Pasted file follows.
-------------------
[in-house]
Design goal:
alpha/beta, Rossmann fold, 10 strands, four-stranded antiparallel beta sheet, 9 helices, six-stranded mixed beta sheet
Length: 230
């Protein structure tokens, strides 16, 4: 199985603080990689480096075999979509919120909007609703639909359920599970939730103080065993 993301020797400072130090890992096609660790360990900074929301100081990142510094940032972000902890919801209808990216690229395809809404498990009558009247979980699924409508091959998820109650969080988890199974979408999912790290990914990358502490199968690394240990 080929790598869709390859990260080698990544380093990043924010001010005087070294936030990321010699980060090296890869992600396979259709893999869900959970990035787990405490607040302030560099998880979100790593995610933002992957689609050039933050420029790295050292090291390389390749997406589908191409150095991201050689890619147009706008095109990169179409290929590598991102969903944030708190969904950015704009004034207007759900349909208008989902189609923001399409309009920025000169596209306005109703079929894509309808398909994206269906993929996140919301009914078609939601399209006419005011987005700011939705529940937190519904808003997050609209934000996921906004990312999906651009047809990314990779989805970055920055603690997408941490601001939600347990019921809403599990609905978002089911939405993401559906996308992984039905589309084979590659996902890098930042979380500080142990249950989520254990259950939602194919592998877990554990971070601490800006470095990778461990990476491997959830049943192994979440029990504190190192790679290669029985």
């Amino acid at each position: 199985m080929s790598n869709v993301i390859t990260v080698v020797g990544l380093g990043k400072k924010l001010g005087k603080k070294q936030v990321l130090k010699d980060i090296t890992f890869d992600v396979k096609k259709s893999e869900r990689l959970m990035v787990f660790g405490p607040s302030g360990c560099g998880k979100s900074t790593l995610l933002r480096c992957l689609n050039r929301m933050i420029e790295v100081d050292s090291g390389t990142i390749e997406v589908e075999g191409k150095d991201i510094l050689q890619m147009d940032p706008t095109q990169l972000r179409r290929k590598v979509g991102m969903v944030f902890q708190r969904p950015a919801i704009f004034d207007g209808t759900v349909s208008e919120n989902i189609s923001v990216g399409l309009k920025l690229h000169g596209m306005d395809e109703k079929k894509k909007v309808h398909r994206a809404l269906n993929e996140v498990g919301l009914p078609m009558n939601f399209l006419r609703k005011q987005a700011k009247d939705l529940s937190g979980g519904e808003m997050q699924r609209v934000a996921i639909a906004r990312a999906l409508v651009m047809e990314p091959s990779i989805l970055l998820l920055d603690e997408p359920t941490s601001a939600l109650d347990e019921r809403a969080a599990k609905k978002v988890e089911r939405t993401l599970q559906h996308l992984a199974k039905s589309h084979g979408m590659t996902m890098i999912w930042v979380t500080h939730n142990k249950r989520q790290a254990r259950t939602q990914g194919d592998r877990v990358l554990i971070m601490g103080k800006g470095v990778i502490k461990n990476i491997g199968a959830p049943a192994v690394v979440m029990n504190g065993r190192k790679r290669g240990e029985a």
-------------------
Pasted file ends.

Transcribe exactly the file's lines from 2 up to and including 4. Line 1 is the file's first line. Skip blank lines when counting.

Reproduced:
Design goal:
alpha/beta, Rossmann fold, 10 strands, four-stranded antiparallel beta sheet, 9 helices, six-stranded mixed beta sheet
Length: 230